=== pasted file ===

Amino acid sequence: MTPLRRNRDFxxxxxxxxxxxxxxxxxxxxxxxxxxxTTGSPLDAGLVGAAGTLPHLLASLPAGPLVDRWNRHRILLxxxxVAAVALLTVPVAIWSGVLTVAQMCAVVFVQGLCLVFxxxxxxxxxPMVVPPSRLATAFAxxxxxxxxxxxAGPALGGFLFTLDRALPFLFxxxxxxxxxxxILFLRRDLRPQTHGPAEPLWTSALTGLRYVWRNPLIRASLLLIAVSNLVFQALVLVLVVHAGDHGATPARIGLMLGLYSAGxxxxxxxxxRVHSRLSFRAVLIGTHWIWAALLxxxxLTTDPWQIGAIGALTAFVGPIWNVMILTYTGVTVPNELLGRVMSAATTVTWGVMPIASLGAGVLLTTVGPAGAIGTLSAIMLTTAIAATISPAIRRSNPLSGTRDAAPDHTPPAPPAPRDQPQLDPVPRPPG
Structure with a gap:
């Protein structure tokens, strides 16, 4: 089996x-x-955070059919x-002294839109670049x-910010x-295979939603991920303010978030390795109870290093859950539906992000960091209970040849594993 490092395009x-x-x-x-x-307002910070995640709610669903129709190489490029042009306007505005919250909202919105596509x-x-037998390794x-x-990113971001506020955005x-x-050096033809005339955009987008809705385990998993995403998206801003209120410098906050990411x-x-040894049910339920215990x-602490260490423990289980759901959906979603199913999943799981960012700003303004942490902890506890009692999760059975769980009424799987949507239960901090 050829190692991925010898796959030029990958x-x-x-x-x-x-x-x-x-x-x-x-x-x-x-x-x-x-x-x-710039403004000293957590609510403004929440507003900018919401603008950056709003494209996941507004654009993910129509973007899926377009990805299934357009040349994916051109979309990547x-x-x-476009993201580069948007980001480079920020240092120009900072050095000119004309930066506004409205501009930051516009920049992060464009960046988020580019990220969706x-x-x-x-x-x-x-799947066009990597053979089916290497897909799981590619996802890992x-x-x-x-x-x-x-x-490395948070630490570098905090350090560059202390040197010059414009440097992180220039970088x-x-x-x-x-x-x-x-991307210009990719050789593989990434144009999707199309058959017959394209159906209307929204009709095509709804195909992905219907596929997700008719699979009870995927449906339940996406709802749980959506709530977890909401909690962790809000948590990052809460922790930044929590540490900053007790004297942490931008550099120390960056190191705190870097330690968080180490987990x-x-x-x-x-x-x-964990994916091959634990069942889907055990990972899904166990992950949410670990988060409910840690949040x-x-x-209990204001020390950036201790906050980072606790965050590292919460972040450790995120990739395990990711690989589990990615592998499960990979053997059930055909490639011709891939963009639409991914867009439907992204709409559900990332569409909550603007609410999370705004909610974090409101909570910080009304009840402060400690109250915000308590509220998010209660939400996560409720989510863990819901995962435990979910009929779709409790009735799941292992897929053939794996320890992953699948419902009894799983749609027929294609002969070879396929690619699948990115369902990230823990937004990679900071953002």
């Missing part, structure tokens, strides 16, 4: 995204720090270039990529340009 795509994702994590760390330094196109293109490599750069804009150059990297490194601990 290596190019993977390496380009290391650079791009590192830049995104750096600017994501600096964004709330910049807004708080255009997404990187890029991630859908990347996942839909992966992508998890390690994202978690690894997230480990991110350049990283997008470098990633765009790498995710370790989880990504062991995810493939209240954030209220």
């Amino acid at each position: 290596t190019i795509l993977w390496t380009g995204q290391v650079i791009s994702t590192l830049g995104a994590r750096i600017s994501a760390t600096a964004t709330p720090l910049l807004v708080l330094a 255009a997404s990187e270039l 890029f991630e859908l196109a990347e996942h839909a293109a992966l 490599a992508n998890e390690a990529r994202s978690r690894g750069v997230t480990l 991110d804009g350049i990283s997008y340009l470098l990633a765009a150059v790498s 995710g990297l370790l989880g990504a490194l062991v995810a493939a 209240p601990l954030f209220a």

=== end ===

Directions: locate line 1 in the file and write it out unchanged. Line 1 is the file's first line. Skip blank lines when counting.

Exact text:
Amino acid sequence: MTPLRRNRDFxxxxxxxxxxxxxxxxxxxxxxxxxxxTTGSPLDAGLVGAAGTLPHLLASLPAGPLVDRWNRHRILLxxxxVAAVALLTVPVAIWSGVLTVAQMCAVVFVQGLCLVFxxxxxxxxxPMVVPPSRLATAFAxxxxxxxxxxxAGPALGGFLFTLDRALPFLFxxxxxxxxxxxILFLRRDLRPQTHGPAEPLWTSALTGLRYVWRNPLIRASLLLIAVSNLVFQALVLVLVVHAGDHGATPARIGLMLGLYSAGxxxxxxxxxRVHSRLSFRAVLIGTHWIWAALLxxxxLTTDPWQIGAIGALTAFVGPIWNVMILTYTGVTVPNELLGRVMSAATTVTWGVMPIASLGAGVLLTTVGPAGAIGTLSAIMLTTAIAATISPAIRRSNPLSGTRDAAPDHTPPAPPAPRDQPQLDPVPRPPG